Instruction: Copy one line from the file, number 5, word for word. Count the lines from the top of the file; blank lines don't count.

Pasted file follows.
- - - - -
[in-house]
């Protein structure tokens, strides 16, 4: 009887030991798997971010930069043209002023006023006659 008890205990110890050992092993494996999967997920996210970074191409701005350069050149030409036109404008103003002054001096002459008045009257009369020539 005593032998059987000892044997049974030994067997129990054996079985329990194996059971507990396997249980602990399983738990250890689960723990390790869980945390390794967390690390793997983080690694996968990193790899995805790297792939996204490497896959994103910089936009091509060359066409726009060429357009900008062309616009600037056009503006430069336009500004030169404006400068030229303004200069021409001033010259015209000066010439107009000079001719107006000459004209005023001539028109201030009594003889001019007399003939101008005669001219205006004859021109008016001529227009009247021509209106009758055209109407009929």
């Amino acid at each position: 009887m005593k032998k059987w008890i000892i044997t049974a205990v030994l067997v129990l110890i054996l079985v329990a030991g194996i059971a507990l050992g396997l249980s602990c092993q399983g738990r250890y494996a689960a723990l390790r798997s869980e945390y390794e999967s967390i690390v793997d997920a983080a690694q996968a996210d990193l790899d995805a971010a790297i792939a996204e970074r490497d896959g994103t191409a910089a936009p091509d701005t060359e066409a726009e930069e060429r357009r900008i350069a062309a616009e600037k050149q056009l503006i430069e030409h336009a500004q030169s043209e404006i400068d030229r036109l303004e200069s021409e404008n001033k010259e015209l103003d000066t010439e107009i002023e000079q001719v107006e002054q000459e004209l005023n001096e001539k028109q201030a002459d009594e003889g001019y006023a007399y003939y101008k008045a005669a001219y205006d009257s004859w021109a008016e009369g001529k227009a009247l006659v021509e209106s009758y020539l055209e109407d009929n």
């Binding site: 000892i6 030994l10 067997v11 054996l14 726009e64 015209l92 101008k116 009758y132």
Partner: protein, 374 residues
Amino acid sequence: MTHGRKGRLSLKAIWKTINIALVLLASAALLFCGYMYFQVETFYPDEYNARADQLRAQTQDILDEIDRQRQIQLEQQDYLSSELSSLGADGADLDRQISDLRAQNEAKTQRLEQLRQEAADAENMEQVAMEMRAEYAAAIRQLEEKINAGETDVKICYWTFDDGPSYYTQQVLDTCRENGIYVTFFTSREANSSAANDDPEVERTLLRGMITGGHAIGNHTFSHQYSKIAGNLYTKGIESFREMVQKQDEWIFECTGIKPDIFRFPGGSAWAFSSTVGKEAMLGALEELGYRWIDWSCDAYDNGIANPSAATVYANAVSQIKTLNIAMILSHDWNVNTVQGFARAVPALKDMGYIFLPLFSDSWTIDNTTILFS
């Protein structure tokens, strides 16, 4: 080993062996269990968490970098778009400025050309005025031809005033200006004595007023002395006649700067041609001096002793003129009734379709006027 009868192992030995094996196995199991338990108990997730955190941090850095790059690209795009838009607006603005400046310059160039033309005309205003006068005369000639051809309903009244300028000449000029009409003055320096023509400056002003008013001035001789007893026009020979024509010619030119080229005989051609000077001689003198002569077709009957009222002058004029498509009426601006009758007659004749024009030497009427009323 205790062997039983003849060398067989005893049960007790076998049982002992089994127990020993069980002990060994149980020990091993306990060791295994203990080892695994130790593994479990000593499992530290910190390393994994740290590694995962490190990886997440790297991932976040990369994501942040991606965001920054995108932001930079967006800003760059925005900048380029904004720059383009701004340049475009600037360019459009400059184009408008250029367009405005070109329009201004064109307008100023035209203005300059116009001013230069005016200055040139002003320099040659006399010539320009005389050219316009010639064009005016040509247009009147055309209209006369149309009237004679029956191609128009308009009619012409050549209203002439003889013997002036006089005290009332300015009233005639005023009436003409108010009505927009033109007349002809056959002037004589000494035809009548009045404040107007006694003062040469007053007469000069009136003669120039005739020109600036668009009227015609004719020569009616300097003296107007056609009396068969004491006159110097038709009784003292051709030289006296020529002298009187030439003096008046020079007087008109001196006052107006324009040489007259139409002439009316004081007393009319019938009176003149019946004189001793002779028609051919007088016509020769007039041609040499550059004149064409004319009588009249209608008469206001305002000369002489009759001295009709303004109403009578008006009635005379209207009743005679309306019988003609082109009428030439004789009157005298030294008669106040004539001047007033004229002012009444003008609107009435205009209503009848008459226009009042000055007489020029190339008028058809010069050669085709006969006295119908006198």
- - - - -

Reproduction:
Partner: protein, 374 residues